Wednesday, October 21, 2009


Fermentation refers to intervention by microorganisms, mostly beneficial for stabilizing a food product, confer new sensory quality, improved nutrition and food preservation. Pickle is a classical example of fermentation extensively used to preserve vegetables like lime and lemon, cucumber, green mango and a host of other vegetable materials. Conversion of milk to yogurt involving Lactic acid bacteria (LAB) is known to our ancestors and lactic fermentation is used extensively to manufacture a wide variety of dairy based processed products. Ripening of cheese by a variety of microbes achieves distinct flavor liked by many consumers. But beverages based on fermentation are far and few. Of course the whole range of natural liquor products are manufactured by yeast fermentation though these are not, strictly speaking, normal beverages that can be categorized as nutritional food products. Lassi and Chaas derived from milk by Lactic fermentation are beverages consumed in many states across India. Recent introduction of spiced butter milk in tetra pack containers by Amul Cooperative is the only fermented nutritious beverage that has some visibility in the Indian market.

Vegetable juices are now becoming popular because of their health promoting properties due to presence of vitamins, minerals and beneficial phytochemicals. Though vegetables contain high levels of water, extraction of juice is a technological challenge and pectic enzyme of microbial origin does play a role in separating juice from the fibrous matrix. However such juice products cannot be compared to the original raw material as substantial portion is lost as pomace during processing. Such juice products either singly or in combination can still be formidable for promoting health if regularly consumed. Since eating large quantity of vegetable is often abhorred especially by kids and youngsters, juice products, made attractive and acceptable can be the best option.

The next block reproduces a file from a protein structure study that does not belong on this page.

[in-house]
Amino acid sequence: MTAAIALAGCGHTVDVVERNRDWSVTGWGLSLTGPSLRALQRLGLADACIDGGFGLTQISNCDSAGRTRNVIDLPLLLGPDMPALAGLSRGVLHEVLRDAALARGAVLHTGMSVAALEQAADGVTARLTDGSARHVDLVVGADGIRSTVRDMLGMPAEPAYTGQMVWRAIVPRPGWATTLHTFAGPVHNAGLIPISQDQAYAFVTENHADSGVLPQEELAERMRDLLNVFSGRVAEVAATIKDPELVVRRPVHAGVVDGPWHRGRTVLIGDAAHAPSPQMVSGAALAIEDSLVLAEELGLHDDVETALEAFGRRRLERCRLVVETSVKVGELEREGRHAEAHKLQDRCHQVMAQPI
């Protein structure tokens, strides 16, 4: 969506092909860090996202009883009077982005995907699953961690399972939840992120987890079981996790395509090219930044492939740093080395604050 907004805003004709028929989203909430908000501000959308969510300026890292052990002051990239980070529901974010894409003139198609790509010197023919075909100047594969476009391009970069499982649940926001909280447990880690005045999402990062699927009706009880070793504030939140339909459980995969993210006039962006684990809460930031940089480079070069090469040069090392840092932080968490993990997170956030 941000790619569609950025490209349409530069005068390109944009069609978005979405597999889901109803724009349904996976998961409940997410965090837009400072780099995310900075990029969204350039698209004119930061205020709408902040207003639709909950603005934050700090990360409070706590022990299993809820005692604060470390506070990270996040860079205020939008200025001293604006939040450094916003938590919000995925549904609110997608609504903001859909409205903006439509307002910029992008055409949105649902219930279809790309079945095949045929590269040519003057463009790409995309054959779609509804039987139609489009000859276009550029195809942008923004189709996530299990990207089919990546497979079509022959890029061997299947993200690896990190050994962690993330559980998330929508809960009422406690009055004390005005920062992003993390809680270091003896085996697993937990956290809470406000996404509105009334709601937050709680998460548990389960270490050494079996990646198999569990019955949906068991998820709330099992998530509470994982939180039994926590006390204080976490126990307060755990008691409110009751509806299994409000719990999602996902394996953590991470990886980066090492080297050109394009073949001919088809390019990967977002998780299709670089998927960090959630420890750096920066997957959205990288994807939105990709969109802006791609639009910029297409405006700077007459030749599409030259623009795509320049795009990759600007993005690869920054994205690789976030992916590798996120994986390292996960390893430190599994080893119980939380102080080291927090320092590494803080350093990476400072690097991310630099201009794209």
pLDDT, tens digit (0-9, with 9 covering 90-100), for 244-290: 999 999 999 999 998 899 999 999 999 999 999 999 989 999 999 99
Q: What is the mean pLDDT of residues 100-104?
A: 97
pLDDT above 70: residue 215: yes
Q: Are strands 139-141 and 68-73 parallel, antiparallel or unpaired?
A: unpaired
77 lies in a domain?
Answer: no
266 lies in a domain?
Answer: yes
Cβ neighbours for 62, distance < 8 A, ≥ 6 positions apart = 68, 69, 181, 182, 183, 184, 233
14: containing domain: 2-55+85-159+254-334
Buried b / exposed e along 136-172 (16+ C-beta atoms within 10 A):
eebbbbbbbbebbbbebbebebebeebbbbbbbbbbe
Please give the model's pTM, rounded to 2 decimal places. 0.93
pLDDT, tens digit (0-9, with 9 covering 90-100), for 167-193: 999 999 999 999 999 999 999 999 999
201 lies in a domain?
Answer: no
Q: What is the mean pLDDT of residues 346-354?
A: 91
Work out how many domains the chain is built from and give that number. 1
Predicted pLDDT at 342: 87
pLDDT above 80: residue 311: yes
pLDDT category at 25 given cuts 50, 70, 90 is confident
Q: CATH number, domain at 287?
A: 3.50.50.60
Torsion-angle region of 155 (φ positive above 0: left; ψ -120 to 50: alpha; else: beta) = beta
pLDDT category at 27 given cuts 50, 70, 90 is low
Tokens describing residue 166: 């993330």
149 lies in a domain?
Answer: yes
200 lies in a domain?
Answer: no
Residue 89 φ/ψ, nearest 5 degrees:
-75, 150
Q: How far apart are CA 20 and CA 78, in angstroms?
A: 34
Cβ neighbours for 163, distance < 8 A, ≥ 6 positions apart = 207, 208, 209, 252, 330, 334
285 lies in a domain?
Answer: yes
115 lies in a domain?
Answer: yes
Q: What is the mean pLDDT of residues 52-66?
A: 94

A new approach in making the vegetable more acceptable could be fermenting them using Lactic acid bacteria which can generate mild flavors and acidity and developing beverages based on them and fruit pulps. From sensory angle vegetable juice may not find high degree of acceptance and hence they need to be diluted to derive satisfactory beverages. Favorite fruit pulps like mango, pineapple, guava, apple, apricot, strawberry, orange etc can be blended and sweetened to create a variety of drinks with high health promoting attributes. Generally blending of fermented vegetable juice and natural fruit pulps in the ratio 1:2 can be expected to yield acceptable beverage base for further conversion to RTC drinks. Pioneering work done in one of the Universities in Himachal Pradesh is an eye opener and must be taken up for further development on a priority basis. Fermented carrots, radish and cucumber in combination with mango, apricot and pears were found to be acceptable providing a new avenue for better utilization of many vegetables grown in the country. Probably MFPI should take up the cue and promote this line of research for improving the health of the population, farmers and the industry!


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